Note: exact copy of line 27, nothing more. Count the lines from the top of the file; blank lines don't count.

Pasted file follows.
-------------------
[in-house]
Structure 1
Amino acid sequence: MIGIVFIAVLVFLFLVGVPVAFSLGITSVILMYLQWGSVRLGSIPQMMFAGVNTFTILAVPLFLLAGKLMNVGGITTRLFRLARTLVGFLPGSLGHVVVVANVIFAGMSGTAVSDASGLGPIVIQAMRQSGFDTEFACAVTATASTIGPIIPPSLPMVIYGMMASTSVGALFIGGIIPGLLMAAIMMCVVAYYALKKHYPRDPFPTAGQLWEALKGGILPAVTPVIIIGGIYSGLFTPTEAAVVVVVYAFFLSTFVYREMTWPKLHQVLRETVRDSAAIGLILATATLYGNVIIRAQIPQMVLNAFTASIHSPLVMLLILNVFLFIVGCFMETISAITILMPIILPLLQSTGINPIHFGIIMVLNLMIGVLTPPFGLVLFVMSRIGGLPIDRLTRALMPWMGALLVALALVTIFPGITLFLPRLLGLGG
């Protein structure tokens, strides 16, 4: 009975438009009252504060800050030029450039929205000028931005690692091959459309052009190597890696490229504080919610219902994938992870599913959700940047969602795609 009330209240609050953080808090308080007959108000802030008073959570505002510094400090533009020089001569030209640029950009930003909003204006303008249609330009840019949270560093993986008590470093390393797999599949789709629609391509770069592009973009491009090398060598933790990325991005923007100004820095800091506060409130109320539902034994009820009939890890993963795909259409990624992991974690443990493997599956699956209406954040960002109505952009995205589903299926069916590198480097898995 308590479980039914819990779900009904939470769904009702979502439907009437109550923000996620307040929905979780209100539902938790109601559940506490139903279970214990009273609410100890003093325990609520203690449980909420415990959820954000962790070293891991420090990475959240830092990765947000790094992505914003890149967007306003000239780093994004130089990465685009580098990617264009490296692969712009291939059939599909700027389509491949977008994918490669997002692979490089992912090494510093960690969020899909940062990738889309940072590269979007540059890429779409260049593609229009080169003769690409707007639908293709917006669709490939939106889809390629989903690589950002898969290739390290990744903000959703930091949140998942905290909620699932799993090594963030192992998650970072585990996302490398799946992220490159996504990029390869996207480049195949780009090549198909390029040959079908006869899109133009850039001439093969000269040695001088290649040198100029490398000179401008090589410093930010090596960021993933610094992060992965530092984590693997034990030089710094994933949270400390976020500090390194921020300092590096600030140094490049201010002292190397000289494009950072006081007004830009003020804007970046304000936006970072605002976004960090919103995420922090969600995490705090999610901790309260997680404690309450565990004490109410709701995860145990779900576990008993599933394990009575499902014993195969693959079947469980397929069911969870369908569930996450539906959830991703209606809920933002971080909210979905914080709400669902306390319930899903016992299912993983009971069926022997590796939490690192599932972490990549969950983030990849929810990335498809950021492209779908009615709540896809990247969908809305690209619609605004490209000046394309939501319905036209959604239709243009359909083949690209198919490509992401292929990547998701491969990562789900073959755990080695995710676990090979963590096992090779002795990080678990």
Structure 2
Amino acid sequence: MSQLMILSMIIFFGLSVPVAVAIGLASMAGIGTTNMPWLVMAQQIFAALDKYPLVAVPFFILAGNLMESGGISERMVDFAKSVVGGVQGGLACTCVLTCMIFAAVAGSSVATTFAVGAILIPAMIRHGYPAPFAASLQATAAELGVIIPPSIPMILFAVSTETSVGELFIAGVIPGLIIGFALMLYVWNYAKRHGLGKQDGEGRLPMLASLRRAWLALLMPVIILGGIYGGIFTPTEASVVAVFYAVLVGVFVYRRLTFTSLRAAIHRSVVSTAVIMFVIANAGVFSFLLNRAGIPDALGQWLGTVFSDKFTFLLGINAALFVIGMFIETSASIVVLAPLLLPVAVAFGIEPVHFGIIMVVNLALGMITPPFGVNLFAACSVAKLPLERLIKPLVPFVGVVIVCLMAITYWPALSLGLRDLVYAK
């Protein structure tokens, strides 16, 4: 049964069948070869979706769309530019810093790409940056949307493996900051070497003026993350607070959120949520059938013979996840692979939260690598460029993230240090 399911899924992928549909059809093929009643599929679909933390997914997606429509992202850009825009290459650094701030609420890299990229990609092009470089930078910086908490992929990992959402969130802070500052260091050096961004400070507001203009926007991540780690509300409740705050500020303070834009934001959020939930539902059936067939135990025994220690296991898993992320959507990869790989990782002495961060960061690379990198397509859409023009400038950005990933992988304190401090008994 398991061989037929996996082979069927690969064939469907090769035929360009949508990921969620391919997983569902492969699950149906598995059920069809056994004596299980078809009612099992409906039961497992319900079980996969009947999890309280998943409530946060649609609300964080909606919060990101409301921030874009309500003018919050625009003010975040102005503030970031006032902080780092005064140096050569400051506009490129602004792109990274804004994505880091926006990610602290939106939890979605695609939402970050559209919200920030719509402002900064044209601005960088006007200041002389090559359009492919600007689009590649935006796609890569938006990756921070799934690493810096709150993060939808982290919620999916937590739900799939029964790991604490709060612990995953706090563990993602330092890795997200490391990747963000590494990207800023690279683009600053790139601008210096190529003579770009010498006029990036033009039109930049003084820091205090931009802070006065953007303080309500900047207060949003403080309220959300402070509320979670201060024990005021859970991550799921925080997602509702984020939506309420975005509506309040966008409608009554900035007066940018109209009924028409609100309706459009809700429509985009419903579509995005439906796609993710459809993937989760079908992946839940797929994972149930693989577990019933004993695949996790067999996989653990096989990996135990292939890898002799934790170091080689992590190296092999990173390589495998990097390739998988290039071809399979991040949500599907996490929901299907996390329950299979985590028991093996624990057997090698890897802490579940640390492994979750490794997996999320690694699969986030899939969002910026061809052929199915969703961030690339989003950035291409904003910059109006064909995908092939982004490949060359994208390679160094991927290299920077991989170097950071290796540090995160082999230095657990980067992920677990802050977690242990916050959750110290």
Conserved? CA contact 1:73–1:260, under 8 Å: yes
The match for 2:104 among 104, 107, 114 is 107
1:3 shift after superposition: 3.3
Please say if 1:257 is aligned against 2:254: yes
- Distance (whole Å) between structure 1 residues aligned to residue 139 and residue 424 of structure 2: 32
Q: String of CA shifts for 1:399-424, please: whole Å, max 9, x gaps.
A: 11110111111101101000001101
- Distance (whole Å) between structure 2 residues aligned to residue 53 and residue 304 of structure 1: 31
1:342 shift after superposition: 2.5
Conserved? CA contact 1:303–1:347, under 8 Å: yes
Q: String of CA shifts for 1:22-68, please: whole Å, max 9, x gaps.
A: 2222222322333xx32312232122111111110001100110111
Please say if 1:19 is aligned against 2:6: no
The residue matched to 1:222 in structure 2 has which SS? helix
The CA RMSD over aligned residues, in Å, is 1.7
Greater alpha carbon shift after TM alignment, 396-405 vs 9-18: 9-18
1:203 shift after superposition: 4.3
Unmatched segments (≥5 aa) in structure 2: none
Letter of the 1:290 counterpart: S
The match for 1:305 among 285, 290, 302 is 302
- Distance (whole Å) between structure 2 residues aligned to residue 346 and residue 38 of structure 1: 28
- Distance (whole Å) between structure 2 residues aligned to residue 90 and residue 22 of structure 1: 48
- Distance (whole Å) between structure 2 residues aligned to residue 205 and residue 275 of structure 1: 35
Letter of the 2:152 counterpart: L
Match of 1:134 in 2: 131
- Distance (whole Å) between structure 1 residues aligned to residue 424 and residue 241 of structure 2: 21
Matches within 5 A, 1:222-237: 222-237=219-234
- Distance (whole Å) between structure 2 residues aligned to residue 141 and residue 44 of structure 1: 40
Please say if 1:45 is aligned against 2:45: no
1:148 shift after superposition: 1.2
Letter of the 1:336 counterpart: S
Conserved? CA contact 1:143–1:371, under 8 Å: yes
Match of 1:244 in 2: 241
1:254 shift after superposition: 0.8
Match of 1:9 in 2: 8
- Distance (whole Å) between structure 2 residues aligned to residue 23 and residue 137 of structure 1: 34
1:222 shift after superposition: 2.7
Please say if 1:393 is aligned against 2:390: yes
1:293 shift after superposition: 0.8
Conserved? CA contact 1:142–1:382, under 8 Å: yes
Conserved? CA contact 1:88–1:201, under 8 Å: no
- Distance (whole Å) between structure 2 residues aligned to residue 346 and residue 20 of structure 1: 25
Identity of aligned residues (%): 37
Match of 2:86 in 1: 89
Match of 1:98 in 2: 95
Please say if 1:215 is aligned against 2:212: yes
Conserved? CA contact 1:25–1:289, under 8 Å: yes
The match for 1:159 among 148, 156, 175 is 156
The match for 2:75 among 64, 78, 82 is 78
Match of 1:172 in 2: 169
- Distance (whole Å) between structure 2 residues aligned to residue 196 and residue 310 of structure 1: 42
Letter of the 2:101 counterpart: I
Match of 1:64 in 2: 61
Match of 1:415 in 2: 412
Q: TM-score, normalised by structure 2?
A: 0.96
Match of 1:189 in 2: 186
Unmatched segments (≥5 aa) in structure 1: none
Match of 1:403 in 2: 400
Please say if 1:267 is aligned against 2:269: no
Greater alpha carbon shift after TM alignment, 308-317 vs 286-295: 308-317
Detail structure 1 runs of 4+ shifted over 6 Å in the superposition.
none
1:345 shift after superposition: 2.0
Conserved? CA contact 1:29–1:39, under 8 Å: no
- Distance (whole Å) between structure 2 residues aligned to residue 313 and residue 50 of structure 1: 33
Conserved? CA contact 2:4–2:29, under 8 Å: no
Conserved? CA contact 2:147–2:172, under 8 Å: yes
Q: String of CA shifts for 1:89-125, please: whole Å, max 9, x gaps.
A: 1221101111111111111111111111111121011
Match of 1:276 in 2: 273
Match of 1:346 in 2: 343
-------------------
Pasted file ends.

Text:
The match for 1:305 among 285, 290, 302 is 302